As a shareholder of Goldman Sachs, I believe it’s time for my company, as an unnatural person, to exercise its constitutional rights and declare its candidacy for President of this great natural country. This is why I have introduced a shareholder resolution to convince management to undertake an analysis of state and federal election laws and policy options on how our company can run for political office.
The Citizens United 2010 ruling allowing corporations to spend an unlimited and undisclosed amount of money on campaign-related advertising directly or through SuperPacs is not enough. Even though our employees’ PAC is the number one donor to Governor Romney’s campaign (we switched from supporting Obama four years ago), in the next Presidential election cycle our company should be prepared to roll up its sleeves and become a declared candidate.
I’m sure Governor Romney understands why it is important for an unnatural person whether Goldman Sachs, or his former company, Bain Capital, to be able to run for public office. He has already acknowledged that a corporation is a person. In the future, perhaps he would support our corporate campaign. Perhaps Congressman Ryan will agree to be Goldman’s Vice Presidential candidate next time around.
Our well paid employees work hard for their money, but I believe that employees donating money to politicians is more likely to jeopardize our sterling corporate reputation than it is to enhance profitability. After all, making a profit is the only reason we are in business, selling expensive and useless products and services to our clients, whether they need them or not.
I believe it is more appropriate for our corporation to forthrightly participate in the political process as a candidate, than to do so covertly through a SuperPac, or in the open with our employees’ PAC.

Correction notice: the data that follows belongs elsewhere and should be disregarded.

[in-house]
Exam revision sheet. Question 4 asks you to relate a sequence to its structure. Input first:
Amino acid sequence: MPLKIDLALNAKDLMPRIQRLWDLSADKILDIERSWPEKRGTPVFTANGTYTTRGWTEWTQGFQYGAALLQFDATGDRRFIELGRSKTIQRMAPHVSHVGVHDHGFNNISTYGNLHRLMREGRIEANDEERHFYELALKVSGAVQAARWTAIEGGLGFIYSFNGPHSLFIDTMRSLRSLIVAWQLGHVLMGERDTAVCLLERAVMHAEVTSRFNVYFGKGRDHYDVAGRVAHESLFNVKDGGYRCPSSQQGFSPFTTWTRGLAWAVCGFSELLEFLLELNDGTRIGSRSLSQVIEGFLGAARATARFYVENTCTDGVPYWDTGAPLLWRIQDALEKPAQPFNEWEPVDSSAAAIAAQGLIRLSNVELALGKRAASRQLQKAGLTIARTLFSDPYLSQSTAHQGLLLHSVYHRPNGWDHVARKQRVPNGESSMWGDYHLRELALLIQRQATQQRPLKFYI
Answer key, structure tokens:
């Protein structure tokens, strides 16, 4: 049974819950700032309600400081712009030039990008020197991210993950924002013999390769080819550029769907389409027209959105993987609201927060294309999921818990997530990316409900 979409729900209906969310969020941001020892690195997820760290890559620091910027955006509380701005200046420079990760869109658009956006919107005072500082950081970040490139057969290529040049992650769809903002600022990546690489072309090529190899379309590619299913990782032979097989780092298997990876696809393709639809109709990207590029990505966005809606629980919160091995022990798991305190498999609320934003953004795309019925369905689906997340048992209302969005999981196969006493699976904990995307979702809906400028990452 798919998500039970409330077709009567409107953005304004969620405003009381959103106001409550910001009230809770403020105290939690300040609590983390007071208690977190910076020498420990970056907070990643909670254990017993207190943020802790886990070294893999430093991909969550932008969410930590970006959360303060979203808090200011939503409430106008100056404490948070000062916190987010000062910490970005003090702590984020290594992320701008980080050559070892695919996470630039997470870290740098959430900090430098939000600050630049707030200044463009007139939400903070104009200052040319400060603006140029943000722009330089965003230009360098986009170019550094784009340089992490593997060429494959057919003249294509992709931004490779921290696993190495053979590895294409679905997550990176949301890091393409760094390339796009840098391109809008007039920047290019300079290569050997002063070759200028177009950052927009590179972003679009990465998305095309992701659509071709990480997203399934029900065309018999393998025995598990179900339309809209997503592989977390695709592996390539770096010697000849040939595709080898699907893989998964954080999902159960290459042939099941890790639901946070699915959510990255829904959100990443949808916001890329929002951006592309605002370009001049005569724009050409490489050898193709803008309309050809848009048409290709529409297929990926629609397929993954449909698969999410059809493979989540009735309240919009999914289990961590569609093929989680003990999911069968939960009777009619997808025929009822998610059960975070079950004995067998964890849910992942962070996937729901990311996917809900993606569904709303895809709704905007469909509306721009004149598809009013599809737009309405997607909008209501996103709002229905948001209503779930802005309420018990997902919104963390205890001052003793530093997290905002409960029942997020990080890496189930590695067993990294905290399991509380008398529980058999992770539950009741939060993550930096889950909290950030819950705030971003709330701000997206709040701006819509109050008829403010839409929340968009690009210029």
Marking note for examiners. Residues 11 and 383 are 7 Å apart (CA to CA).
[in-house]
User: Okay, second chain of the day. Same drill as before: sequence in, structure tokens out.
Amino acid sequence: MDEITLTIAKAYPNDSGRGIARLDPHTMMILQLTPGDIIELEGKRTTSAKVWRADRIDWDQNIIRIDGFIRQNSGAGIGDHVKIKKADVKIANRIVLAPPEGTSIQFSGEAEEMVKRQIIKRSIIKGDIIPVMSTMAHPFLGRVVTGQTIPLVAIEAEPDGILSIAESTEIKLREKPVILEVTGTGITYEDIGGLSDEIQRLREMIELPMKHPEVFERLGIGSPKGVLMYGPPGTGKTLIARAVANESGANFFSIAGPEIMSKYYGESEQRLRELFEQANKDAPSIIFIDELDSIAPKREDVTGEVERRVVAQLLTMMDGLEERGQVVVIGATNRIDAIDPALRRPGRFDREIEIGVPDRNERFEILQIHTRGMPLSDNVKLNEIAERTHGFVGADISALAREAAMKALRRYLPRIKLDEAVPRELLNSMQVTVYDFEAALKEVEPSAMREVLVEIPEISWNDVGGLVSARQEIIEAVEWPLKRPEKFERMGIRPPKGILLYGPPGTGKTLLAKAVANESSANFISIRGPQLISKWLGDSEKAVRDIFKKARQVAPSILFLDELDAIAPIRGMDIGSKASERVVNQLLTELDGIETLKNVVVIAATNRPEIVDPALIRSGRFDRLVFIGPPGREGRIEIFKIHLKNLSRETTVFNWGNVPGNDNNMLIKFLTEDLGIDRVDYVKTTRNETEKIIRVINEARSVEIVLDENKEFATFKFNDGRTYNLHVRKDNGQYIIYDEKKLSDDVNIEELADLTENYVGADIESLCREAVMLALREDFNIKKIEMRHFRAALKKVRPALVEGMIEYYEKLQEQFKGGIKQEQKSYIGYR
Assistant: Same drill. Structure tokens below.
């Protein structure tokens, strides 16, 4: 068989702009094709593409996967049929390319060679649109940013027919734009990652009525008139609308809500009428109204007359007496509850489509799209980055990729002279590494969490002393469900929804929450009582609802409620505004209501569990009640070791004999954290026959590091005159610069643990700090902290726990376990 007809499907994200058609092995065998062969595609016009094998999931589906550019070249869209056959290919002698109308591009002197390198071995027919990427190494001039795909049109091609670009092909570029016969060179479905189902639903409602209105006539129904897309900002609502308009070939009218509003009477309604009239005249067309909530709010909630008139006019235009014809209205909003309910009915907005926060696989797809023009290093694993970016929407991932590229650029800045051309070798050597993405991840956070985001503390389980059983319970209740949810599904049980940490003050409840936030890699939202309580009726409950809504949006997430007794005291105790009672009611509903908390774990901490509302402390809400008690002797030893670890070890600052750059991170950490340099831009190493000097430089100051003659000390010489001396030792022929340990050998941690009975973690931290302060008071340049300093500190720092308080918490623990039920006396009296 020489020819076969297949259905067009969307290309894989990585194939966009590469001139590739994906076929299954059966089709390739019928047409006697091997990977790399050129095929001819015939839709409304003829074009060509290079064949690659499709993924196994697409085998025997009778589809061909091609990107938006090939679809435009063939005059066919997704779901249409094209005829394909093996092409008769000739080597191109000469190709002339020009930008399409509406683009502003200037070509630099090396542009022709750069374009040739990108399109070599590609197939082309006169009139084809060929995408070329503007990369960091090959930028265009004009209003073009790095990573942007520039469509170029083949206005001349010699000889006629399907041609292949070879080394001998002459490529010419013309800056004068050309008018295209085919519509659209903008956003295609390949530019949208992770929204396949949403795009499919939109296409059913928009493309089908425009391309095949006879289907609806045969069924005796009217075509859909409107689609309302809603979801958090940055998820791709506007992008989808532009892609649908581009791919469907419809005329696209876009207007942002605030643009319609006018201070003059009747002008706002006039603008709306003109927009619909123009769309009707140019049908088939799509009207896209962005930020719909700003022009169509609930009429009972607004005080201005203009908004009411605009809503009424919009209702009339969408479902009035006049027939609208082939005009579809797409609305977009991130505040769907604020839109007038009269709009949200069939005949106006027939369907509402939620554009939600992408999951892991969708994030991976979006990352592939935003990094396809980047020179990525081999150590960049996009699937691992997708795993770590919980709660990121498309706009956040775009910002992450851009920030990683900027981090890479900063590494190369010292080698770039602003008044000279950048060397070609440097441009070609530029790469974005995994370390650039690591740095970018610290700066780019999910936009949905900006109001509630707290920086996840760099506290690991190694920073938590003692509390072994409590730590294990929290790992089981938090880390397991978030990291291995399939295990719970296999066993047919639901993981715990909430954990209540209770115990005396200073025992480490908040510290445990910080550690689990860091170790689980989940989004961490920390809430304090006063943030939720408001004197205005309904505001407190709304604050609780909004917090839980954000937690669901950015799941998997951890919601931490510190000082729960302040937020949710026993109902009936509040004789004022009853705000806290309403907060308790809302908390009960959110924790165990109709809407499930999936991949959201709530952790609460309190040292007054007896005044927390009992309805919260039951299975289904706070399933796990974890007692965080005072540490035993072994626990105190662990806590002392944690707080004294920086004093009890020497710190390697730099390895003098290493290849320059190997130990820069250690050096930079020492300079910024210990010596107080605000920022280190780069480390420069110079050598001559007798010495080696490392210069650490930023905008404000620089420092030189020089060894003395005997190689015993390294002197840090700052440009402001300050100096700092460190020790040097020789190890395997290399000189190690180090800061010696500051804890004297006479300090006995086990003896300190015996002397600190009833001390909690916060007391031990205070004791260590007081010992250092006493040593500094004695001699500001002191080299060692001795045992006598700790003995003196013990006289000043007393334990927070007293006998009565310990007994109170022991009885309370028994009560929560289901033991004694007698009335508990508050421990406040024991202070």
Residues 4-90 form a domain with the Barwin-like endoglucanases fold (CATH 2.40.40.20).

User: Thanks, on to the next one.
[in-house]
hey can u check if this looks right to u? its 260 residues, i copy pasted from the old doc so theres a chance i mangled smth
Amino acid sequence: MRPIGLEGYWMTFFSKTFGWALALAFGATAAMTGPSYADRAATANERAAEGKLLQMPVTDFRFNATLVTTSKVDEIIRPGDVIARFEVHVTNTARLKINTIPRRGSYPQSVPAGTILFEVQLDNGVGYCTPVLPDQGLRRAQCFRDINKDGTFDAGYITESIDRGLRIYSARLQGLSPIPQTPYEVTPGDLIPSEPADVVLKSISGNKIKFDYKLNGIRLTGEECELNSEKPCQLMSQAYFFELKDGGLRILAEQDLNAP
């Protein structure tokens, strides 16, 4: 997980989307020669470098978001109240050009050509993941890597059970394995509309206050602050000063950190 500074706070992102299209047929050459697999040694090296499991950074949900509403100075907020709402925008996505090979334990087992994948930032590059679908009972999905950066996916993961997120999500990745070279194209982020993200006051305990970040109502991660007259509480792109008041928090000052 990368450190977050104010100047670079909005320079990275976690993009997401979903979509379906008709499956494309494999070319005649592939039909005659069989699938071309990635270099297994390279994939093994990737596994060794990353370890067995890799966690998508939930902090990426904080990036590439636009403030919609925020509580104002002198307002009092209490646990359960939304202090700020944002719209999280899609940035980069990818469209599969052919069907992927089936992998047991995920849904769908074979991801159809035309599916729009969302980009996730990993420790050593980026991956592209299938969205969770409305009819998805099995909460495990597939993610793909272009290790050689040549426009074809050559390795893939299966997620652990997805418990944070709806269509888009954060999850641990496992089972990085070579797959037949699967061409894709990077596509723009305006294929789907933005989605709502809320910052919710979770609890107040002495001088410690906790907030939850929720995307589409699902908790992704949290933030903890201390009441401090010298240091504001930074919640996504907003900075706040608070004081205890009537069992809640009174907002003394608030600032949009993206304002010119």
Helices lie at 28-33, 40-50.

Over the last ten years Goldman Sachs’ PAC and employees have been listed as a top contributor to political campaigns and ranked among the top 10 largest political donors every year. Twice, in 2004 and in 2008, our PAC and employees contributed more to political campaigns than any other business in the U.S.
Critics of our company sometimes assert that Goldman Sachs already is the federal government because so many of our employees have secured top level positions in the government and 44 out of 49 Goldman lobbyists have previously held government jobs. The trouble with this revolving door is that it is just too temporary.
We could set up our own SuperPac like Steven Colbert and finally support something that’s worth supporting for public office: an unnatural person that can live forever. Say goodbye to any speculation about federal term limits and say hello to immortal and perpetual corporate candidacy. It’s our company and it’s our constitutional right!